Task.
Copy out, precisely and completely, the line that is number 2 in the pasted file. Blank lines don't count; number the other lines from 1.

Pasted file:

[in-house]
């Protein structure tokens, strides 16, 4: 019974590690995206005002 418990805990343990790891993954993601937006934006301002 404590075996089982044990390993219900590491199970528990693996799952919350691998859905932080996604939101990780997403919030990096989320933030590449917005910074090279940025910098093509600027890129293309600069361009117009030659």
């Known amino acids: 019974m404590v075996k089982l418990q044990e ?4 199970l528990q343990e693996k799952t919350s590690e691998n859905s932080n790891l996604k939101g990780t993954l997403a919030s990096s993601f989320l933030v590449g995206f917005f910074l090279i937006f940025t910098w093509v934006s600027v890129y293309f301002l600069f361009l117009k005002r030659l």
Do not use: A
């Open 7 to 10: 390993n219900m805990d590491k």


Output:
């Protein structure tokens, strides 16, 4: 019974590690995206005002 418990805990343990790891993954993601937006934006301002 404590075996089982044990390993219900590491199970528990693996799952919350691998859905932080996604939101990780997403919030990096989320933030590449917005910074090279940025910098093509600027890129293309600069361009117009030659």